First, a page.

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Opinions: Japan Nuclear Concerns; Cash On Delivery; G20’s Role In Ensuring Global Food Security

U.S. Officials Should Speak Carefully About Japan’s Nuclear Situation

“What we are learning in the age of globalization is that frightening and tragic events in any part of the world can trigger amygdala responses in people thousands of miles away. The amygdala, a tiny almond-shaped body inside the human brain, controls fearfulness and, more importantly, anxiety,” Laurie Garrett, a senior fellow for global health at the Council on Foreign Relations, writes in a CNN opinion piece. Garrett takes issue with Nuclear Regulatory Commission (NRC) Chairman Gregory Jaczko’s recent testimony before Congress about Japan’s nuclear situation.

“Today, government authorities in Japan and, frankly, Washington, Beijing and capitals across the planet, have the advantage of knowing a great deal more about the dangers of radiation, partly as a result of Chernobyl. But they face the disadvantage of an instantly globalized chain of images, information and misinformation assaulting the amygdala centers of their populations’ collective and individual brains,” she writes, adding, “I do not know what exclusive information Jaczko possesses that leads him to signal to the people of Japan that they cannot trust their prime minister, that their government is lying to them, and that in the nation of Hiroshima and Nagasaki, the citizenry should reject the voice of Tokyo in favor of the cries from Washington.”

“If the NRC has unique information or scientific analysis that exceeds available Japanese wisdom, it is unfortunate they could not share that urgency in a more discreet fashion with Tokyo. Instead, the NRC has succeeded in further distancing the Japanese people from their own government, raising their amygdala-driven anxiety levels to new highs, and dragging people all over the globalized world into a collective moment of acute fear,” according to Garrett (3/18).

Projects Show Cash On Delivery Model Could Be Effective

In a piece on the New York Times’ “Opinionator” blog, journalist Tina Rosenberg focuses on how potential foreign aid reform could apply to U.S. development aid. Rosenberg follows up on a discussion that arose from an earlier piece about the “cash on delivery” model.

“My most serious reservation about the [cash on delivery] program was echoed by many readers: cash on delivery should only be tried if a government can collect good data about how it is doing, and that information can be accurately verified by a third party. If there is room for the government to manipulate the numbers, the program will fail,” Rosenberg writes. “So where can this go? The Center for Global Development has started with education, but it envisions using it to improve health as well: rewarding governments, for example, for increasing rates of AIDS treatment or access to drinkable water. To promote sustainable solutions, payments could be increased for each year a household continues to have water (incentive to keep the pump in working condition) or the patient remains under treatment,” she suggests.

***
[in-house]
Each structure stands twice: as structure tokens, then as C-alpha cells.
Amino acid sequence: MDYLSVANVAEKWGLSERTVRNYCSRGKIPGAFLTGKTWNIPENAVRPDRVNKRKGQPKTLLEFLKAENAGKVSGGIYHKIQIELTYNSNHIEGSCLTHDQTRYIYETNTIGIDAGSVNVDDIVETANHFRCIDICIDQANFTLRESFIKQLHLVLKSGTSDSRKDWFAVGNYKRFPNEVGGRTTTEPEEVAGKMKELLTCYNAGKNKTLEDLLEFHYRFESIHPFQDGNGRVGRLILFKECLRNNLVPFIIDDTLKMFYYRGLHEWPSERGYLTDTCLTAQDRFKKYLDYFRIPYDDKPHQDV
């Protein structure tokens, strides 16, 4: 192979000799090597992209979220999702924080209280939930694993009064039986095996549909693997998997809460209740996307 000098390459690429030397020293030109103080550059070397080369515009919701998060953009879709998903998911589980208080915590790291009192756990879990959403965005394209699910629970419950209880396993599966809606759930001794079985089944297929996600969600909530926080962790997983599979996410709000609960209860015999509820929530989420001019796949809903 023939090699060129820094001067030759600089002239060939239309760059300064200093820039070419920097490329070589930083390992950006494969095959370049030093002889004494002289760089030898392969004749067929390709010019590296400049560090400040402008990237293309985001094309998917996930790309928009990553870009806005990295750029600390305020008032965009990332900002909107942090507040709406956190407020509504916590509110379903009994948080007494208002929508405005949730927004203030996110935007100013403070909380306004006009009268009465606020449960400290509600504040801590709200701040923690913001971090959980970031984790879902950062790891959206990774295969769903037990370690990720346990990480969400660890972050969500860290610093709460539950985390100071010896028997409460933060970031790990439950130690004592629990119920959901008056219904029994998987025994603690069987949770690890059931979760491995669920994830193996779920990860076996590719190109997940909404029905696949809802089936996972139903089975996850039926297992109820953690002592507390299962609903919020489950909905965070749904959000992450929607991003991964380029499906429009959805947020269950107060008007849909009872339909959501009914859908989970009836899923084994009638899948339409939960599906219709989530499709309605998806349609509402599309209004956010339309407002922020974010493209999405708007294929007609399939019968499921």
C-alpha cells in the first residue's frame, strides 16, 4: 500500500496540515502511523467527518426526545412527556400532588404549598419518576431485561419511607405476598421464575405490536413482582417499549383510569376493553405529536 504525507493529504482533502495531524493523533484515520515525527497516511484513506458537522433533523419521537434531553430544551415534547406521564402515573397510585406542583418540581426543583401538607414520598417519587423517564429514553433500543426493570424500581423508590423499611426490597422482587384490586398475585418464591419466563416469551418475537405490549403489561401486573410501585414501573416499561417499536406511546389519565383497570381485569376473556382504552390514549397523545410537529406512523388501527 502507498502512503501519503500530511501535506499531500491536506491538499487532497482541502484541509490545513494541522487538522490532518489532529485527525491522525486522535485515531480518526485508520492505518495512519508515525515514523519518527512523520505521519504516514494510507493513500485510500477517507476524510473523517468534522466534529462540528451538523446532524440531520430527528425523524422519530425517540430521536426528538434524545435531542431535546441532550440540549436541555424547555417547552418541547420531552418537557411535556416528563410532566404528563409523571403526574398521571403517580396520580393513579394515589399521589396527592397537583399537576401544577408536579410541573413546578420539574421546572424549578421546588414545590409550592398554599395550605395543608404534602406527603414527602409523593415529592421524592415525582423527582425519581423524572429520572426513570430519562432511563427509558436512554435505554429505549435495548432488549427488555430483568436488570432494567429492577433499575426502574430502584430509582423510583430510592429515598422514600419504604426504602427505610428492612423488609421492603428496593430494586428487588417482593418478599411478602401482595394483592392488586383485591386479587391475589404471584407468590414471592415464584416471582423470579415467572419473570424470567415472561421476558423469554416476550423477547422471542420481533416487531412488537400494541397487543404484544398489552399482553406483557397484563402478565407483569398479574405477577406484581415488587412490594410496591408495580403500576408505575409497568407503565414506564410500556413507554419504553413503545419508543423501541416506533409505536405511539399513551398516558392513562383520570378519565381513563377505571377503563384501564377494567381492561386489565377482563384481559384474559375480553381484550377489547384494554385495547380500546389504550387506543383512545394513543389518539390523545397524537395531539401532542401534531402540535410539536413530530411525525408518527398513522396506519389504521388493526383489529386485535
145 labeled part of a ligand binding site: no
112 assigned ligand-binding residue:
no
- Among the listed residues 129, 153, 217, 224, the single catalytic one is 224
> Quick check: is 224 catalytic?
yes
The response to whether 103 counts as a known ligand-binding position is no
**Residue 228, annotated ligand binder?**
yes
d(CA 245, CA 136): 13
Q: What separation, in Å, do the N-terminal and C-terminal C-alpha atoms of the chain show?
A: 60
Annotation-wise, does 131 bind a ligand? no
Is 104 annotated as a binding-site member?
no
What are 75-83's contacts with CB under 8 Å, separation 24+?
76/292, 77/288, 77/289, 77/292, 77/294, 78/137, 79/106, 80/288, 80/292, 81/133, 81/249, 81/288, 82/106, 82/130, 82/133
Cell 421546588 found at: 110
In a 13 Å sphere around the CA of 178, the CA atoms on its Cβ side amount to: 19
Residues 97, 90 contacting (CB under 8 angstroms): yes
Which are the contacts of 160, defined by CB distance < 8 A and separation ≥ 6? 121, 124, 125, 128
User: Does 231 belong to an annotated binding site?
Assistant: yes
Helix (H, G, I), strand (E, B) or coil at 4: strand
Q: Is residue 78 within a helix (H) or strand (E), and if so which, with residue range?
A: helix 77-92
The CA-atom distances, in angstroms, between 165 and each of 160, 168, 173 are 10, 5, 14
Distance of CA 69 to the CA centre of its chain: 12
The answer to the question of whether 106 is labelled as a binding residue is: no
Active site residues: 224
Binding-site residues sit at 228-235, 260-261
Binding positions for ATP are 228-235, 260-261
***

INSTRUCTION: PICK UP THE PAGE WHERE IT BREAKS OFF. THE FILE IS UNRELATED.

She also notes that several projects have been “responsive to a pay-for-results model,” which shows “the potential versatility of cash on delivery. But it also shows how the idea of paying for results has permeated the way we help poor countries and the way these countries help themselves,” Rosenberg writes. “It is a heartening development for everyone who cares about making aid effective — and about getting more for our money,” she concludes (3/17).

G20, Partners Have A ‘Moral Responsibility To Ensure Global Food Security’

In a Foreign Policy opinion piece – Bruno Le Maire, the minister of agriculture in France, which holds the presidency of the G20 – outlines the challenges facing global food price stability before describing France’s proposals for addressing these issues.

“First, we propose that the G20 prioritize a reinvestment in global agriculture, a move that will have an exponential effect in fighting poverty in developing countries. In this regard, official development assistance in agriculture plays a key role,” Le Maire writes. “Our second proposal is to expand market regulation. … Regulating the market means improving the way it operates so that wealth is more fairly shared.” He then notes four areas that the G20 needs to work on: market transparency, international coordination, commodity derivatives market regulation, and support for those countries that are most vulnerable to price spikes.

“We had an economic responsibility to master the financial markets in 2008. We have a moral responsibility to ensure global food security in 2011. We drew lessons from the financial crisis to avoid a global collapse of the financial system. In this same spirit of responsibility, we must act today to save ourselves from urgently having to manage a food crisis with uncontrollable geopolitical consequences. We know what the problems are, and solutions are available. We can’t say we didn’t know,” he concludes (3/14).

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